After 96 tabs across 3 browser windows and an hour’s long bus detour in a last ditch effort to understand an entire semester’s worth of how digital video operates on the technical level, I walked away with sheer joy at how my último final/presentation went down. It was a moment that would not have felt so serene if not for the engaging professor, nor league of amigues in class. It felt like an insurmountable challenge a week out, and if you are feeling apprehensive or anything similar about studying abroad, let me be one thought bubble in a sky of soapy translucence.
There’s a narrative out there perpetuated everyday and every hour on pantallas from Argentina to Alaska. Encapsulated in phrases spoken with a cocked head and high-strung voice: “do it for the ‘gram!” lies an uncomfortable reality not only saturated on social media, but also in the day-to-day conversations found on just about every other street corner. It’s the pervasive idea that life is about happiness in however we reap it, and that our default state ought to be the oft spoken rebuttal to ‘how are you?’ in “I’m good!”
It’s easy to understand why one only offers a surface level answer to a question that at its best yearns to cull the deepest sentiments of one’s momentary matter (and stay with me as I promise this will eventually relate to studying abroad). It’s why social media is mainly a method to convey the average person’s better side, because why would most people want to scroll through publicized tears and/or frustration? It lacks validated happiness. And life, as many of us understand it to be, is a pursuit of happiness.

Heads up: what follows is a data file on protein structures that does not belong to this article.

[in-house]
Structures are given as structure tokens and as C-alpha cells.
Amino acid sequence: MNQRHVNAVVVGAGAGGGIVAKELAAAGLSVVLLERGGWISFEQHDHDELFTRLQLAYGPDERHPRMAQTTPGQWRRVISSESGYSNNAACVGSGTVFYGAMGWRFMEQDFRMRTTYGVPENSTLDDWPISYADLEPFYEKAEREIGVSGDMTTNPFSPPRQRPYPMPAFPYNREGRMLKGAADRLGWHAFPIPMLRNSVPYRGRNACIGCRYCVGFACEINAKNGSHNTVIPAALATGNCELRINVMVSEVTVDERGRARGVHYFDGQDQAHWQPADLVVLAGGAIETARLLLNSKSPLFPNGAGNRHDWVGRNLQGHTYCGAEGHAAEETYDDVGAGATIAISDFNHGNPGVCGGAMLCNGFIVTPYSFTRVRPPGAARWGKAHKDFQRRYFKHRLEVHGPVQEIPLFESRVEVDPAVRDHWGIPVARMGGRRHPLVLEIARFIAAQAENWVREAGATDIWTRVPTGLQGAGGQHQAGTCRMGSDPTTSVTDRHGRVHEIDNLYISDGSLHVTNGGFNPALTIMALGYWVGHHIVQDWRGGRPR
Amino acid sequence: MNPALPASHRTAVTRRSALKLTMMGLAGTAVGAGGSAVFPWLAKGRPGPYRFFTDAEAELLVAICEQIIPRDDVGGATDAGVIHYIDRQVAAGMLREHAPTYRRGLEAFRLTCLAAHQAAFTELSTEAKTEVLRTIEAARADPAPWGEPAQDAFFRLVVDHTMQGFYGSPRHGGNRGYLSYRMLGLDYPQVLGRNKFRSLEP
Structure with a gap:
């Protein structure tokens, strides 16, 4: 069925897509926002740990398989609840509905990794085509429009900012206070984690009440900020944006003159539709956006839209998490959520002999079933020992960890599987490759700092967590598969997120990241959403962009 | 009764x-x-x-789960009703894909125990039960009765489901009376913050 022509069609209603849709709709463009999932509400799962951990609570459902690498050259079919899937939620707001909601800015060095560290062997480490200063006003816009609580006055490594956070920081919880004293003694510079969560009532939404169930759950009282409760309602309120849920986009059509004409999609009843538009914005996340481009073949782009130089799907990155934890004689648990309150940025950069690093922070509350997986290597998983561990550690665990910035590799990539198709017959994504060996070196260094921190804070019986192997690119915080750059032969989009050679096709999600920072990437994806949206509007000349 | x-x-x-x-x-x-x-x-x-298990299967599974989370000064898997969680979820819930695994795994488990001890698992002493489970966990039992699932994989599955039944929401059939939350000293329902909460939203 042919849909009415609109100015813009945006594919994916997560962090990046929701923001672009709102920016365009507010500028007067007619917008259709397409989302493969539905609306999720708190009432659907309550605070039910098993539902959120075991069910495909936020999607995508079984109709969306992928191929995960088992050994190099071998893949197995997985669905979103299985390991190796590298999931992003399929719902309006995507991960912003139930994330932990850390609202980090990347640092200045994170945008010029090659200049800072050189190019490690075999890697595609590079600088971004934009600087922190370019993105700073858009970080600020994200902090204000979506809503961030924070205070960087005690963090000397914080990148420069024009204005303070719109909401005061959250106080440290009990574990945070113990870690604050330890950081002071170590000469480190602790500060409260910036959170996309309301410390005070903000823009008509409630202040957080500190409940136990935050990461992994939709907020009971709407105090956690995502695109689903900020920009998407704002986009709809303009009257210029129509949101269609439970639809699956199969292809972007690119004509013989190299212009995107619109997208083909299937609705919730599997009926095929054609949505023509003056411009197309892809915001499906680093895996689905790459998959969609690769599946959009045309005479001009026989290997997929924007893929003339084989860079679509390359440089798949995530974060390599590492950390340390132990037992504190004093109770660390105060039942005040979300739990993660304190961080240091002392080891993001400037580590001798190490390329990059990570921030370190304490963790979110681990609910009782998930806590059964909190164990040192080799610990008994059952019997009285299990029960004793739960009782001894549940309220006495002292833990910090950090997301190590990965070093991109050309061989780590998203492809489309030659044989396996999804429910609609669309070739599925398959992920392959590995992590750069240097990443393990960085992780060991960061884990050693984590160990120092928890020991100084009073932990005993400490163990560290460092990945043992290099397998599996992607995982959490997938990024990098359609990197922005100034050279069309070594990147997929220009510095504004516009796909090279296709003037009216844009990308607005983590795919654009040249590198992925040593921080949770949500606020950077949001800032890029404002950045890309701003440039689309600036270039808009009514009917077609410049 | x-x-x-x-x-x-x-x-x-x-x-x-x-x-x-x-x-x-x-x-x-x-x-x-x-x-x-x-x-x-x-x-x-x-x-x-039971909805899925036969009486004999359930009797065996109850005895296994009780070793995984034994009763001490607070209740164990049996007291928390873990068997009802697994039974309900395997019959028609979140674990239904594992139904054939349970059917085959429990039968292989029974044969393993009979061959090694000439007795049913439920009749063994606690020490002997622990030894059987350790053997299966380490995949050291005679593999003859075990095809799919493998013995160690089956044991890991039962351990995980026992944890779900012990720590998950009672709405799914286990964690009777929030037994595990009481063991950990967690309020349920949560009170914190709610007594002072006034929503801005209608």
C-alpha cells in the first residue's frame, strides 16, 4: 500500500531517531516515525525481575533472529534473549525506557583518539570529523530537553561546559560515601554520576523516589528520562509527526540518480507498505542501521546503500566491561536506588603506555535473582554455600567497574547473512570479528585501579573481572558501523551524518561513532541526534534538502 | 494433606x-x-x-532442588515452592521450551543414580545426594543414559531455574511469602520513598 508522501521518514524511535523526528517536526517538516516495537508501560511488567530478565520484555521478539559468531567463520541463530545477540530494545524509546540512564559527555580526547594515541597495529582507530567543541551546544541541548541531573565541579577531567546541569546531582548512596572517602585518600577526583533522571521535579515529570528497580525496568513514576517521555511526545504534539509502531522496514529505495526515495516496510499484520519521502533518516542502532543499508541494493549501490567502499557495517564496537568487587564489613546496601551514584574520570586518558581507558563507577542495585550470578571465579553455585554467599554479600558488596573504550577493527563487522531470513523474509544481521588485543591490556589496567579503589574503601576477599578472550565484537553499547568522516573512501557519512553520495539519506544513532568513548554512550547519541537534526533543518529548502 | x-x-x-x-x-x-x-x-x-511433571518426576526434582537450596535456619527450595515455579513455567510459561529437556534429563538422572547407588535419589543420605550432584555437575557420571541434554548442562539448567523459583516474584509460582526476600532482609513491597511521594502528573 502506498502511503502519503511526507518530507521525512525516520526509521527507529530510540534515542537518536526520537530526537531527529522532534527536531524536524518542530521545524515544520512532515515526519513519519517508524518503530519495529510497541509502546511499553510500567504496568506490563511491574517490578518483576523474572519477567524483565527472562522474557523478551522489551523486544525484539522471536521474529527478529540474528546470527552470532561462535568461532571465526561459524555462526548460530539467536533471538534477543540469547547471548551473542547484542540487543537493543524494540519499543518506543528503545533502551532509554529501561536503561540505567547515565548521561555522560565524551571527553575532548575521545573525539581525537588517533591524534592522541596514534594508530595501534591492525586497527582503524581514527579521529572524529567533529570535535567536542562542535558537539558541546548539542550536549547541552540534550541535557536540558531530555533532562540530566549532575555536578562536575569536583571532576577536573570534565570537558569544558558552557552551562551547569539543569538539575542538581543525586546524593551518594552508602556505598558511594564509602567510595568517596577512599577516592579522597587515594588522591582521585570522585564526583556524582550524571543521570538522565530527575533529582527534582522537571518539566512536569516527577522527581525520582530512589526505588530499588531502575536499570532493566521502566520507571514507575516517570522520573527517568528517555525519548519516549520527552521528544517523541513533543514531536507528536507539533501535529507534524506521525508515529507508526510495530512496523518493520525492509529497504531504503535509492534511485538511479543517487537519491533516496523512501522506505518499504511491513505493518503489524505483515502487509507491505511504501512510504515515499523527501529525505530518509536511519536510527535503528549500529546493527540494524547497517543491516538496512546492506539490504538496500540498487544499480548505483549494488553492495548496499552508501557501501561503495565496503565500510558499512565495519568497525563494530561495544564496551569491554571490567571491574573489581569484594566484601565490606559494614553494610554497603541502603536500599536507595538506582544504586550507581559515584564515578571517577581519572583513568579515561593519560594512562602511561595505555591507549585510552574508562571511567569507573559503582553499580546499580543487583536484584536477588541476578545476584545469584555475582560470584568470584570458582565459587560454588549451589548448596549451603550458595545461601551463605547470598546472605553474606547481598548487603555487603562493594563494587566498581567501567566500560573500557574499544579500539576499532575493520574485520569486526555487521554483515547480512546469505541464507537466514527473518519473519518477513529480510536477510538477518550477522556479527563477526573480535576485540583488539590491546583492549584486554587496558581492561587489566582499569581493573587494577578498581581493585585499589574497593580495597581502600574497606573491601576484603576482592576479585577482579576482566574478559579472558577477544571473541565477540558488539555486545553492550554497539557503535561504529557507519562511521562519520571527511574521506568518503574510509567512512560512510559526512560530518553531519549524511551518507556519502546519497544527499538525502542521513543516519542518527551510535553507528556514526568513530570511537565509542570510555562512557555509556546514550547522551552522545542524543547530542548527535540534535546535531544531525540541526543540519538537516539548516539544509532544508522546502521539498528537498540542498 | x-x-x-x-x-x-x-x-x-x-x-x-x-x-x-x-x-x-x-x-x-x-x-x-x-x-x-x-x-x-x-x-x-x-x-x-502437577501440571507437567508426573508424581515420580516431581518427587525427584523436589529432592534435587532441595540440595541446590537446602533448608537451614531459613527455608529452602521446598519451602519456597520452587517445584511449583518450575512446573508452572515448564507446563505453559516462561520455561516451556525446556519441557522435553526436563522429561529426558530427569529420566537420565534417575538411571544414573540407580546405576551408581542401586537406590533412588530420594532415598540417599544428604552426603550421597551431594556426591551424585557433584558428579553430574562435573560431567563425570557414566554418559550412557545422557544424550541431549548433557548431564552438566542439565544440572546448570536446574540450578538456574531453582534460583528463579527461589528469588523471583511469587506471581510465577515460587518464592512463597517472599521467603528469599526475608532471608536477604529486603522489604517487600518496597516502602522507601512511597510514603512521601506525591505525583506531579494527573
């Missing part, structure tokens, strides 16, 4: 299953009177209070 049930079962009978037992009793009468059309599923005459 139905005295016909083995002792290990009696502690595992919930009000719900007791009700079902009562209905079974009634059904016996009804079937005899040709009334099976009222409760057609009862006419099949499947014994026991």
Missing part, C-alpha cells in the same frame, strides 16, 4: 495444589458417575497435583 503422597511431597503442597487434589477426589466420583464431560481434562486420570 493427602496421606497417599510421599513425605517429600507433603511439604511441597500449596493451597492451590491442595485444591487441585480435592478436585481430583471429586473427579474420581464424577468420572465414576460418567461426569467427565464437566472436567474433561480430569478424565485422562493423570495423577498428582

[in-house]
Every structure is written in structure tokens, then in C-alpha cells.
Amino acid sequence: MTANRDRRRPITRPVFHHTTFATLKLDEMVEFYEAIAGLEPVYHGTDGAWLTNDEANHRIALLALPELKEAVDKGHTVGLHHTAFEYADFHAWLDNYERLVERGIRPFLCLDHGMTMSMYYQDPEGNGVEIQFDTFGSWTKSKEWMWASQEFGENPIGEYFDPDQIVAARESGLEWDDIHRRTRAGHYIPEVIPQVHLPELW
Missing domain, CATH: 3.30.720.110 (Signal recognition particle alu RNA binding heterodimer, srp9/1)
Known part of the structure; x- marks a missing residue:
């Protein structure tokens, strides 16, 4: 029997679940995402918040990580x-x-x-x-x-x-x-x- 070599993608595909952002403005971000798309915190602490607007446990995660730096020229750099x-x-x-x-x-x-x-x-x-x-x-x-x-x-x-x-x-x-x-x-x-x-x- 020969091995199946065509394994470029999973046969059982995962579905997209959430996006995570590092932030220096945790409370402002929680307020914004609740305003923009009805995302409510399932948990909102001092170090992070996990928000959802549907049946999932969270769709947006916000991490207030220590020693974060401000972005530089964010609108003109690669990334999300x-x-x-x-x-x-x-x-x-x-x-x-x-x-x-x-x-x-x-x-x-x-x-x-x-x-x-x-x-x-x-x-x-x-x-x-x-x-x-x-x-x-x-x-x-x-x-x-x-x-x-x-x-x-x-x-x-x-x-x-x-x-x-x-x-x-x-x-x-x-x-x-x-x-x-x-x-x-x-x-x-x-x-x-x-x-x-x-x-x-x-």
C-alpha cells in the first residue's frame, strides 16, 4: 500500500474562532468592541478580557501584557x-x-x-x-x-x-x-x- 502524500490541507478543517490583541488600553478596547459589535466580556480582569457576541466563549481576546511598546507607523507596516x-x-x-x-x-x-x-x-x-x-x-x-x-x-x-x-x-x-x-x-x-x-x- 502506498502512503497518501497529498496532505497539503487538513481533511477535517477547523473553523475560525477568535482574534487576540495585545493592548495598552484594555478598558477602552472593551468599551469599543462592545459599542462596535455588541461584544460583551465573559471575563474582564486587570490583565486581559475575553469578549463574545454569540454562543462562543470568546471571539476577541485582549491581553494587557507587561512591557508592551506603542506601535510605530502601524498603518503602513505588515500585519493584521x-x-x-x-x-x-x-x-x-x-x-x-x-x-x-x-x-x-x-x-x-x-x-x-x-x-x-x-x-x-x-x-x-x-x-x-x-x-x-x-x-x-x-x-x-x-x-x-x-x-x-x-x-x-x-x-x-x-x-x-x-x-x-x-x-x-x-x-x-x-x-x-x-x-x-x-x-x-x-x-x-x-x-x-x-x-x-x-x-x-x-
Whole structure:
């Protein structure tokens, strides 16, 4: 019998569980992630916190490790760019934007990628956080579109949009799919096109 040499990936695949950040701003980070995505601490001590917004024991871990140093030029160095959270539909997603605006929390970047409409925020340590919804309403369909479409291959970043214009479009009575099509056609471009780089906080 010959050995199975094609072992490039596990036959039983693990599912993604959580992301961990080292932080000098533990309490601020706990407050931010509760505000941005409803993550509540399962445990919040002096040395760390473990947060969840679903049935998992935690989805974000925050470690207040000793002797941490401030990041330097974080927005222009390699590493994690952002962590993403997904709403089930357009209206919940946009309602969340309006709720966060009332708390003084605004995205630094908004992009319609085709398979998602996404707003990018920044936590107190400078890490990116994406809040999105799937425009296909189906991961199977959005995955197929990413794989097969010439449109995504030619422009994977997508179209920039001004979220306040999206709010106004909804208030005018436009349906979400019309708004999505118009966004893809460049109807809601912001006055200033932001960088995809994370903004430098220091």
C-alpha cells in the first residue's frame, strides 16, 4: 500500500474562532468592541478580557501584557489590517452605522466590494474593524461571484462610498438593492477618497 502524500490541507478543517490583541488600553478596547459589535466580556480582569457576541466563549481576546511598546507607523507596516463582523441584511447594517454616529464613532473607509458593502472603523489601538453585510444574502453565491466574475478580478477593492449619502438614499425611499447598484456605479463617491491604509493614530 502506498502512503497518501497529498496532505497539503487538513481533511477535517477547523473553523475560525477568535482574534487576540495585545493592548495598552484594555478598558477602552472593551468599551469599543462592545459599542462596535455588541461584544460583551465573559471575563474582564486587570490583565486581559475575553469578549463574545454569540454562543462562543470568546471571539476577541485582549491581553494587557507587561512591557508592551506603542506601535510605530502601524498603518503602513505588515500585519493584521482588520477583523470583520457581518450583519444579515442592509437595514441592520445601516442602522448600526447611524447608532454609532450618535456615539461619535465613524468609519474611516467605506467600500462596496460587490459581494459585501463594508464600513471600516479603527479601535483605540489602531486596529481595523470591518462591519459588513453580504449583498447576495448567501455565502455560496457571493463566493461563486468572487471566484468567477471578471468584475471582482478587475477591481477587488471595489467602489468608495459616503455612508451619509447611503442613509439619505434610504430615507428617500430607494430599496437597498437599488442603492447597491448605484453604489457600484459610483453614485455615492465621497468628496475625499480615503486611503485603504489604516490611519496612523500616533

My time in Buenos Aires has been defined by the highs and lows, but maybe more so by the lows, personally. Whether it was bouts of sickness, feelings of isolation, or reactions to external forces, the bad times seemingly had an extra strength glue application, even dragging me down into territory of ‘this sucks, why did I put myself in this position?’ But as cyclical as those moments came, they left. I can resolutely say that studying abroad has made me a better person on the most transcendent of levels. Not because it has been all joy and no pain, but because there has been meaning.
I will admit I am co-opting this main idea from a TED Talk, but it is just as pertinent as it is paraphrasing. The pursuit of happiness is a beautiful sounding declaration, a creed to make every small decision by. But its shortsightedness is eclipsed by the ever inevitable state of discontent and sourness. Happiness can be nostalgically called upon as a rallying cry to revive oneself from the depths of despair, but it can never be instantaneously ousted. Which is why meaning, is, well, more meaningful.
Identifying a meaning or multiple meanings to live by and breathe for, is omnipresent. It amplifies the highest highs, and attempts to offset the lowest lows. Having a meaning in life is with you ‘till the end, ride or die. For many, this is religious. For others, it may be minimalistic or complex. For me, sonder is one of them.
While I would argue studying abroad in a locale requiring mastery of a foreign language is gold, as it attempts to crack open your mind from a thousand distinct angles, in reality anywhere that is not your customs of origin is more than sufficient to benefit from the experience. It will throw you into waters seemingly untreadable, and force you to reconcile with what constructs meaning in your own life.
In short, happiness is exactly that: short; momentary, ephemeral, impermanent. It’s the cream of the crop, as far as emotions go. Yet meaning is much more down to Earth, grounding you might say. It’s rather innocuous, not exciting yet not forgetful neither. If I could extract a pair of meanings attune for some college kid’s blog, it would have to be distilled to kindness and exigency. Kindness in the regard that we should all be wary of what others may be going through, and that what appears on the surface is not always reflective of what lies deep down. (And in my ideal world everyone would be pacifist and vegetarian, but, ¿qué sé yo?) Finally, exigency has been with me throughout my time in Buenos Aires, a city so fast paced there is not much time to be indecisive, so ya gotta just buckle down and pray you’ll make it across nueve de julio in one go.
Happy crossing, and may you meaningfully relish in times of out-of-the-way bus routes, they may just boost your final grade!